You might be surprised to know that in 1875 there were newspapers on a Sunday. The Police Courts were closed on Christmas Day so this report must have been from Friday’s business however. It is one in which definitions of the law, and of what constitutes ‘music’ were the at centre of proceedings, but it also involved dancing ghosts and a conjuring trick.
William Wallser ran a traveling fairground show and in December 1875 he set up a tent between two houses in Old Street, in the parish of Shoreditch, and ‘parked’ his caravan next to it. Each night he performed magic tricks and ‘a “ghost illusion” similar to that of the Polytechnic the Worship Police Court was told. This was the use of glass and mirrors pioneered by John Henry Pepper at the Royal Polytechnic Institution in London which became known as ‘Pepper’s Ghost’.
Wallser’s must have been a cheap version of Pepper’s trick and he only charged a penny to get in. As a result it was probably a pretty rough and ready form of entertainment with a lot of noise and boisterous behaviour from the (probably) tipsy paying customers and their children.
It was certainly noisy and disorderly enough to cause a number of people to complain to the parish authorities. The vestry clerk of St Leonard’s brought a complaint that the showman was operating ‘disorderly house’ and Wallser was informed that, if convicted at the Sessions, he faced a possible fine of up to £100, a huge amount in 1874 and an awful lot of penny entrance fees.
Wallser was well-off enough to be defended in court and his lawyer claimed that the act was concerned with places of public entrainment that allowed music and dancing. It had recently been decided, he explained to Mr Hannay (the magistrate) ‘that a booth used by strolling players for the performance of stage plays was not a house within the meaning of the Act, and did not require a license’.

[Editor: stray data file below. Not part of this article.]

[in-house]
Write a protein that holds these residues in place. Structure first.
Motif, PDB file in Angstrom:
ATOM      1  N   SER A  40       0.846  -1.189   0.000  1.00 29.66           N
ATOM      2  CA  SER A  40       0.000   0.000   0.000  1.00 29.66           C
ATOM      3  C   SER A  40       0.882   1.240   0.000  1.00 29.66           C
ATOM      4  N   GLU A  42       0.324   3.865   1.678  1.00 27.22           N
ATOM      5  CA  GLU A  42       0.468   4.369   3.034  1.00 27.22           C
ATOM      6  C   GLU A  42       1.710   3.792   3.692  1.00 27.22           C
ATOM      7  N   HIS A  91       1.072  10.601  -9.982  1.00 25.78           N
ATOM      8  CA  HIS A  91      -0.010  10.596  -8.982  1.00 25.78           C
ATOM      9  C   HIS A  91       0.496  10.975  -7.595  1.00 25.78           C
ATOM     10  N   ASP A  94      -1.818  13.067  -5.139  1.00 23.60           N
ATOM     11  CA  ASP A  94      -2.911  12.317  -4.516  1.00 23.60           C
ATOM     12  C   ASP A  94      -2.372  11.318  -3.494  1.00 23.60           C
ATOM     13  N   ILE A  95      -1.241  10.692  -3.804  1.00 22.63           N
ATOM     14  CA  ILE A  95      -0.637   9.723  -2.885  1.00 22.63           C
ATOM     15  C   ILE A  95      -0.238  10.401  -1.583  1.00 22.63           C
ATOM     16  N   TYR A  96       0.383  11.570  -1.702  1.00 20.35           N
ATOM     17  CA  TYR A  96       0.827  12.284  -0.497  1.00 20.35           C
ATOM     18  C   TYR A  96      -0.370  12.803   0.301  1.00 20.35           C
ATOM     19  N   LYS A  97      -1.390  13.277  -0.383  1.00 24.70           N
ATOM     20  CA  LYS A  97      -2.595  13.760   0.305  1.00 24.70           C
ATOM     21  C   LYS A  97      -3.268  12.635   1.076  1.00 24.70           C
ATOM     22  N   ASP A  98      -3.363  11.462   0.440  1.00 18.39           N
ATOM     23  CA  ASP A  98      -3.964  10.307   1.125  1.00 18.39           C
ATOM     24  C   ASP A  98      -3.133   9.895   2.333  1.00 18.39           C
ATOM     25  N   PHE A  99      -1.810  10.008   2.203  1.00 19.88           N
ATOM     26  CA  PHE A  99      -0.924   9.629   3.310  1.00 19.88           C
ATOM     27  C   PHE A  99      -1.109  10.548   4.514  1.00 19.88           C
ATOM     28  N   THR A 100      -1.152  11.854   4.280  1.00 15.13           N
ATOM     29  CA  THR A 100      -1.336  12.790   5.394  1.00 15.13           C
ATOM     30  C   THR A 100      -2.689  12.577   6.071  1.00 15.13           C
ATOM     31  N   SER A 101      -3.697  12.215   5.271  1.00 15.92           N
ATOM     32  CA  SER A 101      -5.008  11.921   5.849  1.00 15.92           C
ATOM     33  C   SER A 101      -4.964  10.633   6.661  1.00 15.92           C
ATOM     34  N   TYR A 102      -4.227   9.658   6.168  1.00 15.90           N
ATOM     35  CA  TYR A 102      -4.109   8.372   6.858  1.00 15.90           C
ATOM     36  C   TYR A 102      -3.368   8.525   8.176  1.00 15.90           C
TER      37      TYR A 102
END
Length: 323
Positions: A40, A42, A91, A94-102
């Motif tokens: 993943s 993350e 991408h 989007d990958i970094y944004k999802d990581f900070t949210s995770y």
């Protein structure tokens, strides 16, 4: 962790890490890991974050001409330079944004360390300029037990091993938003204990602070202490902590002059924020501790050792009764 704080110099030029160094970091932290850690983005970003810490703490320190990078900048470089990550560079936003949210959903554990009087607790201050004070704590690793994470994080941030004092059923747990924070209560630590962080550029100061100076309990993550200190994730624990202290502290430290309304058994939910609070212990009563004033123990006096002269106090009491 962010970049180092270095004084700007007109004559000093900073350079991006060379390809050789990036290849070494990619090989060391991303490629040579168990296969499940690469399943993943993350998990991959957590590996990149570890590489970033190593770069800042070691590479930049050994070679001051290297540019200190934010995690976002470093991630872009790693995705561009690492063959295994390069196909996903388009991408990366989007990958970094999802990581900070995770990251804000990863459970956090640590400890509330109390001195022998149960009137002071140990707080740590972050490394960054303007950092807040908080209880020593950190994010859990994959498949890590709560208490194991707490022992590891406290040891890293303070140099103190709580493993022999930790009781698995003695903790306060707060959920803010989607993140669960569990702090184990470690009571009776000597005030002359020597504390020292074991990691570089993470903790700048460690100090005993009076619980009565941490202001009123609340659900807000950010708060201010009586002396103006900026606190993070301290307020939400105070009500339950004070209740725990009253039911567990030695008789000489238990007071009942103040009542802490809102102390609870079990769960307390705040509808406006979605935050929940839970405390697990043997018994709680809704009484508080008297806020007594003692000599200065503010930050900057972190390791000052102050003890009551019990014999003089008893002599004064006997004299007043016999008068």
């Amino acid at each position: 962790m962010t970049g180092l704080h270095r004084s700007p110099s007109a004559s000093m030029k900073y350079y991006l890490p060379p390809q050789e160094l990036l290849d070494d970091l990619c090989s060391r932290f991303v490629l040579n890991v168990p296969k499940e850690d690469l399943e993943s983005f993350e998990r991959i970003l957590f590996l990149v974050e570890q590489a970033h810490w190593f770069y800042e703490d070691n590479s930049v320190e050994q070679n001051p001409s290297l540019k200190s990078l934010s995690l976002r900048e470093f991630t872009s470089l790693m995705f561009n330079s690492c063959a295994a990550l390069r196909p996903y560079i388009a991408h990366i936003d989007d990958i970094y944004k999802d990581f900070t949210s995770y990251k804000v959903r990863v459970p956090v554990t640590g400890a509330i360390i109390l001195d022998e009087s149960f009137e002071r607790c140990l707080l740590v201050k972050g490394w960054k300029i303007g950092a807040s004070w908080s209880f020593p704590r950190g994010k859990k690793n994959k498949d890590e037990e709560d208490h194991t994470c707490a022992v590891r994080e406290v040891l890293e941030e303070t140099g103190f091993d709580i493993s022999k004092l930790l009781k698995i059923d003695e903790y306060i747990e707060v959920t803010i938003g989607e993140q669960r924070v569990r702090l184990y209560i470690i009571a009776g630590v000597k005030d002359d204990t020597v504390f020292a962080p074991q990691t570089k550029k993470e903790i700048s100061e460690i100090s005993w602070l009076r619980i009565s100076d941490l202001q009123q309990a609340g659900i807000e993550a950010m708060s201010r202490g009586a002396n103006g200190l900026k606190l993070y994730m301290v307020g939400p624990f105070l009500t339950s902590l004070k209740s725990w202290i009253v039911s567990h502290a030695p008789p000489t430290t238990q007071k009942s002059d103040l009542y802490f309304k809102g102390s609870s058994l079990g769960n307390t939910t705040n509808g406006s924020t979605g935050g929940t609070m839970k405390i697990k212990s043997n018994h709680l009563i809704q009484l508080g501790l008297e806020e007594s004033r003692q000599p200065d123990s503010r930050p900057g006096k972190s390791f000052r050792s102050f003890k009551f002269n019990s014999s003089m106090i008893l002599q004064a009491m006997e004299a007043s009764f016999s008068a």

The vestry clerk was adamant that music was being being played as Wallser had both an organ and a triangle and he had heard reports that dancing had taken place. Mr Abbott (defending) said it was the ‘ghosts’ that were dancing and the people that played them were not ‘seen’. In other words they were part of the theatrical performance, dancing and music wasn’t the purpose of the entertainment.
Mr Hannay said an organ and a triangle ‘meant music’. Mr Abbott disagreed but he didn’t win the argument. The magistrate committed the showman to appear at the next Sessions at Middlesex but released him on his own recognisances. I wonder if he managed to magic himself out that one.
This is not the first time Pepper’s Ghost has made an appearance on this blog, if you want to know more then follow this link ‘Pepper’s Ghost’ and the disgruntled scene painter
[from Reynolds’s Newspaper, Sunday, December 26, 1875]